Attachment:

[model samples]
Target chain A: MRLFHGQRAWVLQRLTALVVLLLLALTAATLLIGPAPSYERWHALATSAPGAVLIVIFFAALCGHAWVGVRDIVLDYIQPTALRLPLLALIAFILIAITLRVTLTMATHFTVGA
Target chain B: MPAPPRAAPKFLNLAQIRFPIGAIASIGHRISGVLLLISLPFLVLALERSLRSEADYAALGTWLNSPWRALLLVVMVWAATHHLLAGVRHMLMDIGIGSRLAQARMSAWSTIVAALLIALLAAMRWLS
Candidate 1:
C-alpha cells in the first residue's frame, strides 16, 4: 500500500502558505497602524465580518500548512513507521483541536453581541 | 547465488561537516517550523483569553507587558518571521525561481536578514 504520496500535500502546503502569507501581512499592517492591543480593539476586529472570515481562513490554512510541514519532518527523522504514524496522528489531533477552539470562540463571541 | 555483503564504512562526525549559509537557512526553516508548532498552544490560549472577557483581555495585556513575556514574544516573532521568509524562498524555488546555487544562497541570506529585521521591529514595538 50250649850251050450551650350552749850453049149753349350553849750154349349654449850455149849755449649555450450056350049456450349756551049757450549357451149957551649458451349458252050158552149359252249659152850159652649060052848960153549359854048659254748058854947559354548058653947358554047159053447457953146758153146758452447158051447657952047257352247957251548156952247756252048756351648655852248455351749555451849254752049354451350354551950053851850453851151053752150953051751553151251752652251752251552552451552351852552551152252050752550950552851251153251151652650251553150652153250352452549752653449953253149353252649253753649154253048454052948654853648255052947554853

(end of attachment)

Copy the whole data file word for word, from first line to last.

[model samples]
Target chain A: MRLFHGQRAWVLQRLTALVVLLLLALTAATLLIGPAPSYERWHALATSAPGAVLIVIFFAALCGHAWVGVRDIVLDYIQPTALRLPLLALIAFILIAITLRVTLTMATHFTVGA
Target chain B: MPAPPRAAPKFLNLAQIRFPIGAIASIGHRISGVLLLISLPFLVLALERSLRSEADYAALGTWLNSPWRALLLVVMVWAATHHLLAGVRHMLMDIGIGSRLAQARMSAWSTIVAALLIALLAAMRWLS
Candidate 1:
C-alpha cells in the first residue's frame, strides 16, 4: 500500500502558505497602524465580518500548512513507521483541536453581541 | 547465488561537516517550523483569553507587558518571521525561481536578514 504520496500535500502546503502569507501581512499592517492591543480593539476586529472570515481562513490554512510541514519532518527523522504514524496522528489531533477552539470562540463571541 | 555483503564504512562526525549559509537557512526553516508548532498552544490560549472577557483581555495585556513575556514574544516573532521568509524562498524555488546555487544562497541570506529585521521591529514595538 50250649850251050450551650350552749850453049149753349350553849750154349349654449850455149849755449649555450450056350049456450349756551049757450549357451149957551649458451349458252050158552149359252249659152850159652649060052848960153549359854048659254748058854947559354548058653947358554047159053447457953146758153146758452447158051447657952047257352247957251548156952247756252048756351648655852248455351749555451849254752049354451350354551950053851850453851151053752150953051751553151251752652251752251552552451552351852552551152252050752550950552851251153251151652650251553150652153250352452549752653449953253149353252649253753649154253048454052948654853648255052947554853